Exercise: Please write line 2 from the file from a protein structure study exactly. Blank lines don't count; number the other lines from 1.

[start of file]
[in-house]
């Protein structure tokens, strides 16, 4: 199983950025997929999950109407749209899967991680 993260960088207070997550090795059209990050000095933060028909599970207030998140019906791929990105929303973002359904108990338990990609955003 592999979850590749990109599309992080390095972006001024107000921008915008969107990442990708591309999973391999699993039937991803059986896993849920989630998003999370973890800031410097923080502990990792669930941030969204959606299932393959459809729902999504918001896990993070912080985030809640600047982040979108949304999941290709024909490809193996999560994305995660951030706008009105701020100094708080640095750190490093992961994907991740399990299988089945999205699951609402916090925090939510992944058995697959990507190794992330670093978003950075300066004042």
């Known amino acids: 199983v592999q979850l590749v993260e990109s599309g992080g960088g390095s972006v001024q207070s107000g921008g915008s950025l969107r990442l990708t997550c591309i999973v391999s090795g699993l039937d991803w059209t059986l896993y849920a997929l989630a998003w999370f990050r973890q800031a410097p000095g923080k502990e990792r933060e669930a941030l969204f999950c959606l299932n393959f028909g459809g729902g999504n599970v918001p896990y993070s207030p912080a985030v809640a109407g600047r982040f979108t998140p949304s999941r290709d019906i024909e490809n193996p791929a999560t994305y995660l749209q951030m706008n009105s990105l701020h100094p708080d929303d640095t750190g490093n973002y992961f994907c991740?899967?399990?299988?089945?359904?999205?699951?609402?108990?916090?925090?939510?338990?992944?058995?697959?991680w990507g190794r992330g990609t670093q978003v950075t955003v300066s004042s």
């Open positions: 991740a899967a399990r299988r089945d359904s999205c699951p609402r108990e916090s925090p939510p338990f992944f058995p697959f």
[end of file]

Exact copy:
């Protein structure tokens, strides 16, 4: 199983950025997929999950109407749209899967991680 993260960088207070997550090795059209990050000095933060028909599970207030998140019906791929990105929303973002359904108990338990990609955003 592999979850590749990109599309992080390095972006001024107000921008915008969107990442990708591309999973391999699993039937991803059986896993849920989630998003999370973890800031410097923080502990990792669930941030969204959606299932393959459809729902999504918001896990993070912080985030809640600047982040979108949304999941290709024909490809193996999560994305995660951030706008009105701020100094708080640095750190490093992961994907991740399990299988089945999205699951609402916090925090939510992944058995697959990507190794992330670093978003950075300066004042």